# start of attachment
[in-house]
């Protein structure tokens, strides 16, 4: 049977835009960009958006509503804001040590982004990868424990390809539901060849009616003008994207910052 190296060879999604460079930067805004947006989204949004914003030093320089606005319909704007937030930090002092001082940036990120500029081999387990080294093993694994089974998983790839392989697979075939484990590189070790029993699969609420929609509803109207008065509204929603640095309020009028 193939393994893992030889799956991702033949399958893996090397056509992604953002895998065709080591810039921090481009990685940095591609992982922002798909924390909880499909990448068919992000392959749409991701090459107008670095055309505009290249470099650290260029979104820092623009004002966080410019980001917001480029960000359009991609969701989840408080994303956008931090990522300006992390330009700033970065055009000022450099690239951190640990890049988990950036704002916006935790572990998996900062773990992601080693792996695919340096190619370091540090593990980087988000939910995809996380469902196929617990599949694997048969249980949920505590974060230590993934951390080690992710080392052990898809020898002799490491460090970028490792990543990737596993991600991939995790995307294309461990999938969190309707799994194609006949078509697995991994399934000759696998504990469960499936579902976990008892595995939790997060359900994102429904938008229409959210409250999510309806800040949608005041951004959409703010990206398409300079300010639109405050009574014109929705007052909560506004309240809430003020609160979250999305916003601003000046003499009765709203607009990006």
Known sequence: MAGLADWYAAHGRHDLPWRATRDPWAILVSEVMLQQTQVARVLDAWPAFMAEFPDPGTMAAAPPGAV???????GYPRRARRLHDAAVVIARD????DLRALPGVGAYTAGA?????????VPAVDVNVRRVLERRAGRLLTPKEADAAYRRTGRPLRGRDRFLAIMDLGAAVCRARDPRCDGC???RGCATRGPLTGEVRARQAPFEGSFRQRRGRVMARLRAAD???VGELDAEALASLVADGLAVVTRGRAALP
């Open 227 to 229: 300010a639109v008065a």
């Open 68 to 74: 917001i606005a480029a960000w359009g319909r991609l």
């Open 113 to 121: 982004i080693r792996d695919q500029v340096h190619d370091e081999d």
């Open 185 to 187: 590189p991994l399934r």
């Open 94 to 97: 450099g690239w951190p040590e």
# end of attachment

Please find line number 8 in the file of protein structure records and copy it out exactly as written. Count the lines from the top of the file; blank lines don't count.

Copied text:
């Open 94 to 97: 450099g690239w951190p040590e």